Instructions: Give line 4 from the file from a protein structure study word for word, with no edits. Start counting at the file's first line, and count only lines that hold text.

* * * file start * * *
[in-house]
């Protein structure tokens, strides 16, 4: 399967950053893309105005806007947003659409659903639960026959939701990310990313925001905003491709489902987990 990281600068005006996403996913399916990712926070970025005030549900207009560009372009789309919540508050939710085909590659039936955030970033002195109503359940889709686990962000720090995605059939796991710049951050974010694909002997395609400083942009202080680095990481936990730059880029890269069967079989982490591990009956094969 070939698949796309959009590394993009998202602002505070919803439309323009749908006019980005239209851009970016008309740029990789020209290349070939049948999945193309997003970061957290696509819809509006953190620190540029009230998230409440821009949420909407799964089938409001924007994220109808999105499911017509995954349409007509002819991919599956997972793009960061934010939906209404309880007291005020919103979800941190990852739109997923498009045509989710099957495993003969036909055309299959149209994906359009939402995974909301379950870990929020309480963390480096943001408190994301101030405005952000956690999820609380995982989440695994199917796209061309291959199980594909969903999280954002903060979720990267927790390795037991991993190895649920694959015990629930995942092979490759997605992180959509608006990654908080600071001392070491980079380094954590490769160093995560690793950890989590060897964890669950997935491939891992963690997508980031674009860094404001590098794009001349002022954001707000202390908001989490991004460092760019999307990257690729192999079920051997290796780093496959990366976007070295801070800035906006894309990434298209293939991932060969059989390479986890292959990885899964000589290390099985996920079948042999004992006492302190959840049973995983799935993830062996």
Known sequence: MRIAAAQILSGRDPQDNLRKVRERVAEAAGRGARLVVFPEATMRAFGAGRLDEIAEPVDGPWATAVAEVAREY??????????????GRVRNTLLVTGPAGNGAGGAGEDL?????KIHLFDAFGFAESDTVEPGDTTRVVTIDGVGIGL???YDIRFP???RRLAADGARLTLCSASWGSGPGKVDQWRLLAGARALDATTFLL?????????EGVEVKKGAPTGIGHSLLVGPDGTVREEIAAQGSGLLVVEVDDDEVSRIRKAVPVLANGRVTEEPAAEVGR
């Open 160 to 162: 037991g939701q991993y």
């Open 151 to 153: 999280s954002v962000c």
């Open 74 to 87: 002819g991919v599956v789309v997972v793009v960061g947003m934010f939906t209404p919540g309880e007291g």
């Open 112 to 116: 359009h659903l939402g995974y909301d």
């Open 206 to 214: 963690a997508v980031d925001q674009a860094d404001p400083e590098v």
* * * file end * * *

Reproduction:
């Open 160 to 162: 037991g939701q991993y």